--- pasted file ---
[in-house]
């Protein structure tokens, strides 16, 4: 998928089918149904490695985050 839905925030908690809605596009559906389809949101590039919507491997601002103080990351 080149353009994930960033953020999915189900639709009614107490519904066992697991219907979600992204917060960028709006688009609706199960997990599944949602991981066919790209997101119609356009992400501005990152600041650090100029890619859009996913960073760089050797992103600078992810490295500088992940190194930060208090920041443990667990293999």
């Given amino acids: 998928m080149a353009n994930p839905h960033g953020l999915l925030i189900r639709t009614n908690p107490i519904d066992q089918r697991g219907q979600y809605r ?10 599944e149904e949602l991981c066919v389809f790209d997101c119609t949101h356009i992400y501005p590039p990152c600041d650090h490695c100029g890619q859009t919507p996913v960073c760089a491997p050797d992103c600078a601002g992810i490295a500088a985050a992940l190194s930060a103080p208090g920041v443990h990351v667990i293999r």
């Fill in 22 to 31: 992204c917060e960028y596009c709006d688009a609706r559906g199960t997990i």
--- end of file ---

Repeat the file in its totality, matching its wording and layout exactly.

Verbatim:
[in-house]
């Protein structure tokens, strides 16, 4: 998928089918149904490695985050 839905925030908690809605596009559906389809949101590039919507491997601002103080990351 080149353009994930960033953020999915189900639709009614107490519904066992697991219907979600992204917060960028709006688009609706199960997990599944949602991981066919790209997101119609356009992400501005990152600041650090100029890619859009996913960073760089050797992103600078992810490295500088992940190194930060208090920041443990667990293999």
């Given amino acids: 998928m080149a353009n994930p839905h960033g953020l999915l925030i189900r639709t009614n908690p107490i519904d066992q089918r697991g219907q979600y809605r ?10 599944e149904e949602l991981c066919v389809f790209d997101c119609t949101h356009i992400y501005p590039p990152c600041d650090h490695c100029g890619q859009t919507p996913v960073c760089a491997p050797d992103c600078a601002g992810i490295a500088a985050a992940l190194s930060a103080p208090g920041v443990h990351v667990i293999r």
């Fill in 22 to 31: 992204c917060e960028y596009c709006d688009a609706r559906g199960t997990i």